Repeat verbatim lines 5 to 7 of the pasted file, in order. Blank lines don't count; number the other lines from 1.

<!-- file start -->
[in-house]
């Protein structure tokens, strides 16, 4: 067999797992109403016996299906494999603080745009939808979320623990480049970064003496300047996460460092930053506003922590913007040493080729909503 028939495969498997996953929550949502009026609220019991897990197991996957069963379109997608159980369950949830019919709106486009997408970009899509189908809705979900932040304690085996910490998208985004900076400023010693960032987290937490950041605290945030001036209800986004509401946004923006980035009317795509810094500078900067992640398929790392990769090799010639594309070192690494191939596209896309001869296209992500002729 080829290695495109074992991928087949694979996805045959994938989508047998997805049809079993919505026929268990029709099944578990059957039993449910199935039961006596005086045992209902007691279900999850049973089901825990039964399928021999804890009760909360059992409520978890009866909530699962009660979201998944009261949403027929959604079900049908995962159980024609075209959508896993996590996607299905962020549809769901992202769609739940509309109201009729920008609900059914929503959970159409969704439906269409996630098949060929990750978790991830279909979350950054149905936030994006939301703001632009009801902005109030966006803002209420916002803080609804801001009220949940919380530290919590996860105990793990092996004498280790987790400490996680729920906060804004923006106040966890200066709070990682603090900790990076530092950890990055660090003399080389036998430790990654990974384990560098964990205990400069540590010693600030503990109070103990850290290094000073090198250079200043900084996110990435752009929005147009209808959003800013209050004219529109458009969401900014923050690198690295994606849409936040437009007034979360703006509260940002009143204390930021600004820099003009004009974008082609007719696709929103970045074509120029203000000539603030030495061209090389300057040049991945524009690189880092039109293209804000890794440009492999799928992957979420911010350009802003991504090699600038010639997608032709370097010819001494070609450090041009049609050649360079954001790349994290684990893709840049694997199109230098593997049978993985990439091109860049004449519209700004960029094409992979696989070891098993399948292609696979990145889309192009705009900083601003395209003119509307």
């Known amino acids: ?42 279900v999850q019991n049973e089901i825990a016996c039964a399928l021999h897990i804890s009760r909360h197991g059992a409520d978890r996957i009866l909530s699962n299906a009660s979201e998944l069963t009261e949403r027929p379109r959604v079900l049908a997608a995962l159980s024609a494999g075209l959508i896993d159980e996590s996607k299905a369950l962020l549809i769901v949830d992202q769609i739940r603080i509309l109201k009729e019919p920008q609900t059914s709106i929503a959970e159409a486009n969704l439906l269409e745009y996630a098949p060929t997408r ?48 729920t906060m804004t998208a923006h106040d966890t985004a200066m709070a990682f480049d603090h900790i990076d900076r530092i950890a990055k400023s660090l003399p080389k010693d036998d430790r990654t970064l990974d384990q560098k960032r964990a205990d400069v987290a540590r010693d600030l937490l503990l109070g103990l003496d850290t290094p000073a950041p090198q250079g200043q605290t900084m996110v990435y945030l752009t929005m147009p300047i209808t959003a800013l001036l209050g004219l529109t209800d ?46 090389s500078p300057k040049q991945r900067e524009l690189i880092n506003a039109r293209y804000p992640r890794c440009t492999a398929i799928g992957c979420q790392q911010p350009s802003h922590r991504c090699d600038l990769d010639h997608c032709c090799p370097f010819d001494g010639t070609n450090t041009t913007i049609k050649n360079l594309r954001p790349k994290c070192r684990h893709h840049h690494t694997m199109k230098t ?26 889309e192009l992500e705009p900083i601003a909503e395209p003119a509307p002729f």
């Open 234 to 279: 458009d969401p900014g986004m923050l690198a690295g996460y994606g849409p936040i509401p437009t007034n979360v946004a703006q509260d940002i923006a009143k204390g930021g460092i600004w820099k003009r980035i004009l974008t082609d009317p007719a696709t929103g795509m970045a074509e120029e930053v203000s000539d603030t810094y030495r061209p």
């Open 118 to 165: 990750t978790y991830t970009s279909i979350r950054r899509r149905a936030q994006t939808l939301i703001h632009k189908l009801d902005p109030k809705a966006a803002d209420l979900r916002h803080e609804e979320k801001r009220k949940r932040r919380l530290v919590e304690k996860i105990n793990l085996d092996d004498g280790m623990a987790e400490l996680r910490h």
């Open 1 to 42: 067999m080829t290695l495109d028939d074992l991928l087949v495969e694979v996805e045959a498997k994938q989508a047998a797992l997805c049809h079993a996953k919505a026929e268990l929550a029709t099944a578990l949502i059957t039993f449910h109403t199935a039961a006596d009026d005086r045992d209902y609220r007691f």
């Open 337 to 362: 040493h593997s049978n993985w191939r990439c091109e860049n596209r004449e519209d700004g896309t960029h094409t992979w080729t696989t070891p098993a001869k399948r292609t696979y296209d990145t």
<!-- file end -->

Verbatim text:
């Open 118 to 165: 990750t978790y991830t970009s279909i979350r950054r899509r149905a936030q994006t939808l939301i703001h632009k189908l009801d902005p109030k809705a966006a803002d209420l979900r916002h803080e609804e979320k801001r009220k949940r932040r919380l530290v919590e304690k996860i105990n793990l085996d092996d004498g280790m623990a987790e400490l996680r910490h």
């Open 1 to 42: 067999m080829t290695l495109d028939d074992l991928l087949v495969e694979v996805e045959a498997k994938q989508a047998a797992l997805c049809h079993a996953k919505a026929e268990l929550a029709t099944a578990l949502i059957t039993f449910h109403t199935a039961a006596d009026d005086r045992d209902y609220r007691f």
């Open 337 to 362: 040493h593997s049978n993985w191939r990439c091109e860049n596209r004449e519209d700004g896309t960029h094409t992979w080729t696989t070891p098993a001869k399948r292609t696979y296209d990145t």